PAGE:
The other day I met with my allergist to go over my action plan because it was really really confusing me. It turned out, what was making me so confused was that I had forgotten most of my action plan!! I had mentioned my memory issues briefly in the office and she didn’t think much of them besides that I should bring them up with my GP and that it could very well be due to a lack of oxygen during the reaction. But it wasn’t till that evening when she called to clarify something she realized that she realized I had completely forgotten the old plan that she realized what I meant by memory issues.
I also will be trying to say something and I just cannot figure out how to express it in words. Last week my mom asked me a question and I was trying to answer it. It was a simple answer. I just couldn’t find the words to reply. Finally she gave up and we just moved onto a different subject. But it drove me nuts that I couldn’t figure out how to explain something really simple. I used to not have this problem.
So, I scheduled an appointment with my GP. Who sent me to a neurologist. Who confirmed my allergists thoughts. Basically, I didn’t get enough oxygen to my brain (either there wasn’t enough oxygen in my blood or I didn’t get enough oxygen rich blood flow to my brain, aka anaphylactic shock, ie drop in blood pressure) which damaged my short term memory. It’s one of the first things in the brain that gets affected by a lack of oxygen. Combine this with the fact I have celiac and also am deficient in a few vitamins and minerals and you have me forgetting a lot more stuff than I used to.
The good news though, is I’m young. And with work to learn stuff and keep stimulating my brain along with sleep, exercise & good nutrition I should recover almost fully if not fully. So, I’ve got a tough road ahead. But I’m not giving up. I also graduated last weekend and I didn’t just graduate. I graduated with honors. It’s taken me a lot more work to keep up my grades this past year, but I did it.
But also, you know what? I think that more people deal with memory and processing issues after a severe reaction than admit it. I know one friend of mine is dealing with it too. But it seems to be that people think it’s not all that bad. Or that it’s all in their head or imagination. But it’s real. My neurologist told me that if you look on my MRI you won’t see the damage because its not big enough. But if you were to stick a microscope in my brain, you’ll find the damaged parts. They’re there. They’re real. And even though the damage isn’t really huge, it’s there and I can feel it’s effects every day.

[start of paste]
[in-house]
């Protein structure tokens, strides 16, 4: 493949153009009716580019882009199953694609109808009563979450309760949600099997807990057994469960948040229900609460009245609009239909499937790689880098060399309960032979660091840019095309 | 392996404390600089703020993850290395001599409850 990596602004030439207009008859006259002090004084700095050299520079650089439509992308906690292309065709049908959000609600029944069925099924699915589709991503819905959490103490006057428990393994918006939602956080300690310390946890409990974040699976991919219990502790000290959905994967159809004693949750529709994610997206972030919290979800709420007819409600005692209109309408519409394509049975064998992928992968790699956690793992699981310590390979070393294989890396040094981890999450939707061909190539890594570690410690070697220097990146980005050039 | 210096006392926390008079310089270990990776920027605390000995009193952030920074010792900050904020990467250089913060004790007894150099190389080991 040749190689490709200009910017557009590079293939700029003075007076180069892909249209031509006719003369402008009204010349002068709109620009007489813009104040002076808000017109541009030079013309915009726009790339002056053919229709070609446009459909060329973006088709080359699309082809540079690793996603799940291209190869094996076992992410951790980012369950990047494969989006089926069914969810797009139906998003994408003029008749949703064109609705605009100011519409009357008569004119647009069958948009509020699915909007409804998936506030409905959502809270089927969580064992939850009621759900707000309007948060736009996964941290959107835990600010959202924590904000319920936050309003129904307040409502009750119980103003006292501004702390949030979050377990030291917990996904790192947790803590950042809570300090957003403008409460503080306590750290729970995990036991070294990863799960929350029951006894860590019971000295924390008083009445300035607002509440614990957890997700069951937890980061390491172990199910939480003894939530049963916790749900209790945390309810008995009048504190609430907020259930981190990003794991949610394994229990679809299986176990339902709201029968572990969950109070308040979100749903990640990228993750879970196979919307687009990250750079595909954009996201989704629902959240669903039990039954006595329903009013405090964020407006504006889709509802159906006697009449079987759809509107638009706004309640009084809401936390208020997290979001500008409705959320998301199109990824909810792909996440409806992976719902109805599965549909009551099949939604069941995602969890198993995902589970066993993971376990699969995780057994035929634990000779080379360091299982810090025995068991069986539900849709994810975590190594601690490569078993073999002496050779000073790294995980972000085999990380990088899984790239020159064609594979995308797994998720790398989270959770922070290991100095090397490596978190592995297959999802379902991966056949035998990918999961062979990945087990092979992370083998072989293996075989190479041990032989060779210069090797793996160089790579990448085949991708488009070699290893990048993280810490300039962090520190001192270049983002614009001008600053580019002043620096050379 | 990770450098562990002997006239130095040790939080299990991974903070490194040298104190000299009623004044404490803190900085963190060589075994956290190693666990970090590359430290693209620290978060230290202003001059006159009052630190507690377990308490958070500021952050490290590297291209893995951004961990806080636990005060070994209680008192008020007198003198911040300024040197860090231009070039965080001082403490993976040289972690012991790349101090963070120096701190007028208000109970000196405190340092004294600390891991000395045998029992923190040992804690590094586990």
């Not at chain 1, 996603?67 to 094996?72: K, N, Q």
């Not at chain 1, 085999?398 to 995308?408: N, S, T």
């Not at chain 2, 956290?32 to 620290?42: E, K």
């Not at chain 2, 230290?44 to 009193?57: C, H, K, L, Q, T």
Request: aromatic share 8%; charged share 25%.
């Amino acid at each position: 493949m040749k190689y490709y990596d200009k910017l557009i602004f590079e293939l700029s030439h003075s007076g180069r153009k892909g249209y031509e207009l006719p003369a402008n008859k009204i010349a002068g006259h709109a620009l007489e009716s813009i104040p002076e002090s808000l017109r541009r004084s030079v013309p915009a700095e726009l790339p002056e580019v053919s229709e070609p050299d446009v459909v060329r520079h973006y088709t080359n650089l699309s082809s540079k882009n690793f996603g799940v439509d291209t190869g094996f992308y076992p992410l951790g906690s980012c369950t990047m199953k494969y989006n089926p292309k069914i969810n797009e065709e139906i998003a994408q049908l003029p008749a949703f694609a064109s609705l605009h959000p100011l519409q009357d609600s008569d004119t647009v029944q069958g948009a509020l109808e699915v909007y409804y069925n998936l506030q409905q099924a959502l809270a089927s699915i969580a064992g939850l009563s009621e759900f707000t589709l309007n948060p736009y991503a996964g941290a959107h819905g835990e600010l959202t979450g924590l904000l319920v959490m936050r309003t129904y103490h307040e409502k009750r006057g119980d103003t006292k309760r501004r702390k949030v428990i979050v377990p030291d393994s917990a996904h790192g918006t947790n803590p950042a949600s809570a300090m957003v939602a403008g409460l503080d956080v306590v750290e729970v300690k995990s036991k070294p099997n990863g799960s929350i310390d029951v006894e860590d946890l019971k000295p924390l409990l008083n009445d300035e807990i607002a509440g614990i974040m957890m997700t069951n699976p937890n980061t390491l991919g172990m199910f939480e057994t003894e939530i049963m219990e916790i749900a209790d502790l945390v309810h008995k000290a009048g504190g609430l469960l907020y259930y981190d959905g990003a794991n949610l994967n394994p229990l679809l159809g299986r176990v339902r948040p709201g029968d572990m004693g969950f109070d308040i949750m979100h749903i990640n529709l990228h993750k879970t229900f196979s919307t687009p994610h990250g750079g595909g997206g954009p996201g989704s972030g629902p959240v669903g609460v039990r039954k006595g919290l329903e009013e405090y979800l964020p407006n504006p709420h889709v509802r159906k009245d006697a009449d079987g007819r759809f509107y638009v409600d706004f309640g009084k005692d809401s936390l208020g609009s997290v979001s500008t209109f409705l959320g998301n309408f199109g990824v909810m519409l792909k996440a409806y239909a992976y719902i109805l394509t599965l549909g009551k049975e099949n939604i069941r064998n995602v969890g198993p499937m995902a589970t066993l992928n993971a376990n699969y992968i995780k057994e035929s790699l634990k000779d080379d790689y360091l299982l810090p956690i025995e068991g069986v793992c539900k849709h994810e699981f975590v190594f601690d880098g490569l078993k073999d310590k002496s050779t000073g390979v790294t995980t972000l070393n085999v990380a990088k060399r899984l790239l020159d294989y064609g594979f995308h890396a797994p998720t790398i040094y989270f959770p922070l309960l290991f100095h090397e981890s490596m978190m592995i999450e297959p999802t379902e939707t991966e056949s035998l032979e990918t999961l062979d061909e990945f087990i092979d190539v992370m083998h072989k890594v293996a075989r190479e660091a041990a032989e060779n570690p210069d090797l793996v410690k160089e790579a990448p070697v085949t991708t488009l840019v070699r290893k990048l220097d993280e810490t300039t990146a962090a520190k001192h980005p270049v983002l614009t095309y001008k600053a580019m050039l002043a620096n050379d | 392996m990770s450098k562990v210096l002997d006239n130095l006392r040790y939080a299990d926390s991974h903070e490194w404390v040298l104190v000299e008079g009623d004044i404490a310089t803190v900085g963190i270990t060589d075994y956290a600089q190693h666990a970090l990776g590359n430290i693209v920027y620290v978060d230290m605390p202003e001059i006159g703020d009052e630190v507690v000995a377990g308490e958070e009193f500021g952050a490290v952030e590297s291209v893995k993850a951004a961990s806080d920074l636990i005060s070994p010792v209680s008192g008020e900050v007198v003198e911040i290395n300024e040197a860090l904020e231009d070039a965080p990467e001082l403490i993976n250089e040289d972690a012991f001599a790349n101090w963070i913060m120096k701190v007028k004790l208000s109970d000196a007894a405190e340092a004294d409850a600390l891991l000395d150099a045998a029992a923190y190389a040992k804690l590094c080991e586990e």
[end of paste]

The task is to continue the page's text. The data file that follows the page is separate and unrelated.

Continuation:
But I’m not giving up. So, if you find yourself having memory issues after a reaction, it’s not in your imagination. Go see your doctor. It’s real.
This weekend has been pretty awesome. I have actually had a full weekend break from homework. Tomorrow, though, it’s back to the grind. But, till then I’m going to keep on enjoying the warmer weather, sunshine and free time to just be creative. So, I baked.
Sometime last week my little sister came to me excited because she had had a vegan lasagna a neighbor made and thought it was really good. “And it didn’t have any cheese!” She told me. “Did it have tofu?” I asked. “Uh, yes.” See, I’m allergic to soy. She tried to say that it didn’t have much tofu, but I’ve seen vegan recipes before for this and they don’t have a tiny amount. As we debated the other ways I could make it I remembered another problem. Even if I used Daiya cheese, there was still tomato sauce. For years my body does not do well nor like tomato sauce. I can have tomatoes, but tomato sauce is different for some reason. Maybe it has to do with the quantity that’s in lasagna and other dishes. But it’s really hard to make lasagna without tomato sauce.
“You could use apple sauce!!” My sister said, laughing as she was referencing how she used to always get tomato and apple sauce mixed up and always said she wanted apple sauce on her pizza when she meant tomato sauce. We both laughed. “Uh…… no.” I said. Somehow in the conversation though I somehow came up with the thought of putting fruit in it. Which led to my idea of mixing an apple pie with lasagna, turning it into a desert.